Monday, April 15, 2019
George E. Smathers Libraries (Library East), Room 100, from 4-5 pm
Dominique Kalifa is a historian and the author of Vice, Crime, and Poverty: How the Western Imagination Invented the Underworld, forthcoming in spring 2019 from Columbia University Press.
Dominique Kalifa is a historian and professor at the University of Paris 1, where he heads the Center of 19th Century History. His work focuses on the history of crime, social control, and mass culture in 19th- and early 20th-century France and Europe. He wrote the first book on the private detective métier, published in 2000 as Naissance de la police privée, and is a member of the Historical Committee of the City of Paris. Since 1990, he has been a literary contributor to Libération.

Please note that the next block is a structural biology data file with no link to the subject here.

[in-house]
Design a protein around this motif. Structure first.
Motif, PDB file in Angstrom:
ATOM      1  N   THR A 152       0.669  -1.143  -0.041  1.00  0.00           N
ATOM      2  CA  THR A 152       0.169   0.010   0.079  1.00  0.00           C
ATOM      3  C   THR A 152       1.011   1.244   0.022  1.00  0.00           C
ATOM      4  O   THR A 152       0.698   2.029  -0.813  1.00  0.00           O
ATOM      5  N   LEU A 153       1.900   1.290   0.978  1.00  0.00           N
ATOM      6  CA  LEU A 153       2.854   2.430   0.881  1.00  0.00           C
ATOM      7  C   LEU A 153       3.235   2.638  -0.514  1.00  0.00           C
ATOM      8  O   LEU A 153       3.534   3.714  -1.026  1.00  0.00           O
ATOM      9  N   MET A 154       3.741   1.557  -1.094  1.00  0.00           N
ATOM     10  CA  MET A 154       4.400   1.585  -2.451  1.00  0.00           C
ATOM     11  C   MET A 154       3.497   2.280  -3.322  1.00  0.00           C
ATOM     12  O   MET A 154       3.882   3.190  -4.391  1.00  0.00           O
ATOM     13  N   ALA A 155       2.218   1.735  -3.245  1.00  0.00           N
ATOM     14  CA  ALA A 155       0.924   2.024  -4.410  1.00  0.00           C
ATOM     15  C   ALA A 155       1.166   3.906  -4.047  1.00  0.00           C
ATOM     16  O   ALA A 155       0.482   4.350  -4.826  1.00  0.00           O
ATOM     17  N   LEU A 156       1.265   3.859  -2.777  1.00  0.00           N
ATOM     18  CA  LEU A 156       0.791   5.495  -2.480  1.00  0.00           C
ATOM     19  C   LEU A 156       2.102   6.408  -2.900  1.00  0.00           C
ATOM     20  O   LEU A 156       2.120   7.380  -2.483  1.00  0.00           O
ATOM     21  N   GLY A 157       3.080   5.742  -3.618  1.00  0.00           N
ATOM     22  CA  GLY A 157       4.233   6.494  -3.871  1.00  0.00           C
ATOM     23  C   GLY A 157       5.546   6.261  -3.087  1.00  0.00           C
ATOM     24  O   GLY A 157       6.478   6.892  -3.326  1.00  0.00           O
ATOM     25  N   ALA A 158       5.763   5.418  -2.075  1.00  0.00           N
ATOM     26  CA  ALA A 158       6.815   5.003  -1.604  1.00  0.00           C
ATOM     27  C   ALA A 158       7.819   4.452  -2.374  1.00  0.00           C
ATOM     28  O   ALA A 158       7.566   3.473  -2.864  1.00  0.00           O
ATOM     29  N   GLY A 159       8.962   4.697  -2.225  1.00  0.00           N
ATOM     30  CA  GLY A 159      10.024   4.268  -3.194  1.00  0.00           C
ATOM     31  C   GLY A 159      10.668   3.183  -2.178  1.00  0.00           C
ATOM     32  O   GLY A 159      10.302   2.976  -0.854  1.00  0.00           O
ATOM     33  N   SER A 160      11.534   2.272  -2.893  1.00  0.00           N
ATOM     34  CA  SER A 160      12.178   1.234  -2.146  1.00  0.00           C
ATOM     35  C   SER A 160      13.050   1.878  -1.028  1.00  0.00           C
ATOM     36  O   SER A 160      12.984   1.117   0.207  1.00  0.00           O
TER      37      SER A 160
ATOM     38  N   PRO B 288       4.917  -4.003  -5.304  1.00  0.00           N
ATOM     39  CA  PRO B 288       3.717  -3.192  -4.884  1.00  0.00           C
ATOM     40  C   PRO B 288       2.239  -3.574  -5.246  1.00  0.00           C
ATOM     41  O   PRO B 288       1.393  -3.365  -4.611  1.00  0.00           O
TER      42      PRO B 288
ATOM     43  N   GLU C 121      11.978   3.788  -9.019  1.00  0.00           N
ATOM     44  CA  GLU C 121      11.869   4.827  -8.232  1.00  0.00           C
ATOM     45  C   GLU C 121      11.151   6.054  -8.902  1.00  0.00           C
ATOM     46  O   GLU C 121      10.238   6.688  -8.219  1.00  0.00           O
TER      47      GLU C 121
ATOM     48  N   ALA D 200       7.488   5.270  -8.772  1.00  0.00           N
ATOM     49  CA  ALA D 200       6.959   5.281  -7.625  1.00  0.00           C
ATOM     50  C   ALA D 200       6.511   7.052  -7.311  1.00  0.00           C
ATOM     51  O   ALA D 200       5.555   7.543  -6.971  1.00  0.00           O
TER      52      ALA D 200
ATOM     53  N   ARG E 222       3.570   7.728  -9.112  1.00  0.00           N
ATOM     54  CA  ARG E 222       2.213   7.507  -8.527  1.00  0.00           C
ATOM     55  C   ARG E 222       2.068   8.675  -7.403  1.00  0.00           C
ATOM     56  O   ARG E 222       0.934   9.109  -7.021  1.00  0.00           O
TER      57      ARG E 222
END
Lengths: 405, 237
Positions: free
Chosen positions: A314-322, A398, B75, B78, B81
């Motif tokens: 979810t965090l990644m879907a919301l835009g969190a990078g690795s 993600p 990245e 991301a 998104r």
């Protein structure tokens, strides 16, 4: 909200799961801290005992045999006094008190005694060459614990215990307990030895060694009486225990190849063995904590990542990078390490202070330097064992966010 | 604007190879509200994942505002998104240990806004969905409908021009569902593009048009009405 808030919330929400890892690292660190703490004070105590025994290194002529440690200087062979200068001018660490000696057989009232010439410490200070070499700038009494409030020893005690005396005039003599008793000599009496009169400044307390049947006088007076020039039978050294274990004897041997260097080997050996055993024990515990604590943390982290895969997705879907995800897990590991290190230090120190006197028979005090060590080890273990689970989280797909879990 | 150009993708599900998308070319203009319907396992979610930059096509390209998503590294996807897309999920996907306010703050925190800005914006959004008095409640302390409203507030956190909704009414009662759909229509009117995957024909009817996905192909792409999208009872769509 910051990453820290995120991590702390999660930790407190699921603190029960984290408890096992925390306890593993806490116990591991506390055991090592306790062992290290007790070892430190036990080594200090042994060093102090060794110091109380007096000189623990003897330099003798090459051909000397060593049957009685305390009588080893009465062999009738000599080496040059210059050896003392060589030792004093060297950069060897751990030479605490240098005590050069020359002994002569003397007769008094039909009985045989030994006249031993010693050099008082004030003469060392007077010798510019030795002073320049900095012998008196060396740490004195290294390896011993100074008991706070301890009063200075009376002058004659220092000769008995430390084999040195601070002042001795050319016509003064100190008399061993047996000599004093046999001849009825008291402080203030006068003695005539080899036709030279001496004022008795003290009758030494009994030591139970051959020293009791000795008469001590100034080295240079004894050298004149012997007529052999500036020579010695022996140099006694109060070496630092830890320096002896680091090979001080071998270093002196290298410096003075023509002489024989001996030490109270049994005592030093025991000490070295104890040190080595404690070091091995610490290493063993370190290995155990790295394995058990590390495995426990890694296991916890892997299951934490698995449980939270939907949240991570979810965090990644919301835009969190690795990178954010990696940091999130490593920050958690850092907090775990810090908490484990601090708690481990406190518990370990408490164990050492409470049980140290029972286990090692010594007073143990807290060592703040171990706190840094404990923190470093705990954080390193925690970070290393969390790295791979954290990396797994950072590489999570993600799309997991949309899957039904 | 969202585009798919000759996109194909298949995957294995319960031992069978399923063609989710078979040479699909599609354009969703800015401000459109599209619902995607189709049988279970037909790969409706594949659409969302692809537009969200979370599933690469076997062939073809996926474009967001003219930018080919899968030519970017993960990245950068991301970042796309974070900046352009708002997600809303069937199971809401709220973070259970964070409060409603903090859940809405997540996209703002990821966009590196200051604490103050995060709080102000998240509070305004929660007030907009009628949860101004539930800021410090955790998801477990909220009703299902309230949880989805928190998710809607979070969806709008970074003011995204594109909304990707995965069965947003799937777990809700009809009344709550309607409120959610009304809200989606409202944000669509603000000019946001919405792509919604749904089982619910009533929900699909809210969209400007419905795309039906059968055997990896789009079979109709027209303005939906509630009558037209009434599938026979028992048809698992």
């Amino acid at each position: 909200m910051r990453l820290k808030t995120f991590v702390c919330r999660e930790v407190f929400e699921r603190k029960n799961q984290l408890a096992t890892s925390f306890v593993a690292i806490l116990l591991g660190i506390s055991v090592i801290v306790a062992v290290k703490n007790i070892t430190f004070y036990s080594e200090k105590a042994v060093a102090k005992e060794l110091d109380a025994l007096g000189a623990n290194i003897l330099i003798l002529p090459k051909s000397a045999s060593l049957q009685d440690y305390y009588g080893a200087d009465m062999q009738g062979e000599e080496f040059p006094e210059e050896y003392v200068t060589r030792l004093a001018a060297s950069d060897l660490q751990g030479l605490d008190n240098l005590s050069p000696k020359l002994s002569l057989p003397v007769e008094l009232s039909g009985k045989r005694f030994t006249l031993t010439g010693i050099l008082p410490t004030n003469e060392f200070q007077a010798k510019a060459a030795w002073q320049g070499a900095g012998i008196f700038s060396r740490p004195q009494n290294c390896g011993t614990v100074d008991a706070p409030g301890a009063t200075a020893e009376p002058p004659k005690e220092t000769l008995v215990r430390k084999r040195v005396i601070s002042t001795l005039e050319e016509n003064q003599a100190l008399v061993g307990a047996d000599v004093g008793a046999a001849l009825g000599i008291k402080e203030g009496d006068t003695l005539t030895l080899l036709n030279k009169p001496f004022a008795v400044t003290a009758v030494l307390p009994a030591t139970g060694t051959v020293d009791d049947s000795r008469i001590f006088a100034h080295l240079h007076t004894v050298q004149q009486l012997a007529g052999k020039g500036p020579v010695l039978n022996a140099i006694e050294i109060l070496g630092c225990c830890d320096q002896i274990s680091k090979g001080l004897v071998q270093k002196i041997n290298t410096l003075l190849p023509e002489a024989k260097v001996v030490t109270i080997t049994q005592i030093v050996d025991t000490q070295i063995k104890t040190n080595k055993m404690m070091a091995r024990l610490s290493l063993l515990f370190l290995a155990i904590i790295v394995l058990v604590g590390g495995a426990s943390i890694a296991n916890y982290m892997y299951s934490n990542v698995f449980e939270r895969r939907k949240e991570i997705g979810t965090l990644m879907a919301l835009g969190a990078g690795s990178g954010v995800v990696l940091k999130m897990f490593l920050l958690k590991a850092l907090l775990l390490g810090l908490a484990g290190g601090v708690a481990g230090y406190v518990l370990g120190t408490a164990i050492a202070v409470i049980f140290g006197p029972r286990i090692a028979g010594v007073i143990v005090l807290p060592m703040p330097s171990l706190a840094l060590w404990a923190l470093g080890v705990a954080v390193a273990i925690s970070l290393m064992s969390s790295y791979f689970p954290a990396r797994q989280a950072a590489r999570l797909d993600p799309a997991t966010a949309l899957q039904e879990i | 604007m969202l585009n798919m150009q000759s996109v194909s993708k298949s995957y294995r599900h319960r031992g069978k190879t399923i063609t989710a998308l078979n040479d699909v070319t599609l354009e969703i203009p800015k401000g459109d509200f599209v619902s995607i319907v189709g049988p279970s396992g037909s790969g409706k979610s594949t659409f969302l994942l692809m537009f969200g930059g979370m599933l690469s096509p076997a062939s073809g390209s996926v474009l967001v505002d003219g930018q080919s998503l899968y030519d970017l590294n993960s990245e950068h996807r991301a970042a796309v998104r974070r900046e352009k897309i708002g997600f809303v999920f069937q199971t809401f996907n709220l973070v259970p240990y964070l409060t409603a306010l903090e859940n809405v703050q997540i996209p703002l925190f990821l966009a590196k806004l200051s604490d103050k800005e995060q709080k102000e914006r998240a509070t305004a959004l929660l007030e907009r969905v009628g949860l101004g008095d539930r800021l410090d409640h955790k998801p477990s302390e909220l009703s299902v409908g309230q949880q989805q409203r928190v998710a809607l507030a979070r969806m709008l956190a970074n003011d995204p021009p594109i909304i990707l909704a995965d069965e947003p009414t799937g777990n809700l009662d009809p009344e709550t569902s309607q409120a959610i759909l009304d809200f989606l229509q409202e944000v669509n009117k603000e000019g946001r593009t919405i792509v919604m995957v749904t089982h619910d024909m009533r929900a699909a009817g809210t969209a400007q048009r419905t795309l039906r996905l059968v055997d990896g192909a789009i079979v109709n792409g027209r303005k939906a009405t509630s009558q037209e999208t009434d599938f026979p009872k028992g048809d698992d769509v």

About the book: Vice, Crime, and Poverty: How the Western Imagination Invented the Underworld, Columbia University press, April 2019, tr. by Susan Emanuel)
Vice, Crime, and Poverty: How the Western Imagination Invented the Underworld (Columbia University Press) is the winner of the 2013 Prix Mauvais genres. The book examines the underworld of 19th and 20th century France. From Batman’s Gotham to Eugène Sue’s Paris, Kalifa explores how journalism, literature, and film have framed our fascination and repulsion with this world of crime, violence, vice, and poverty.
This event is free and open to the public.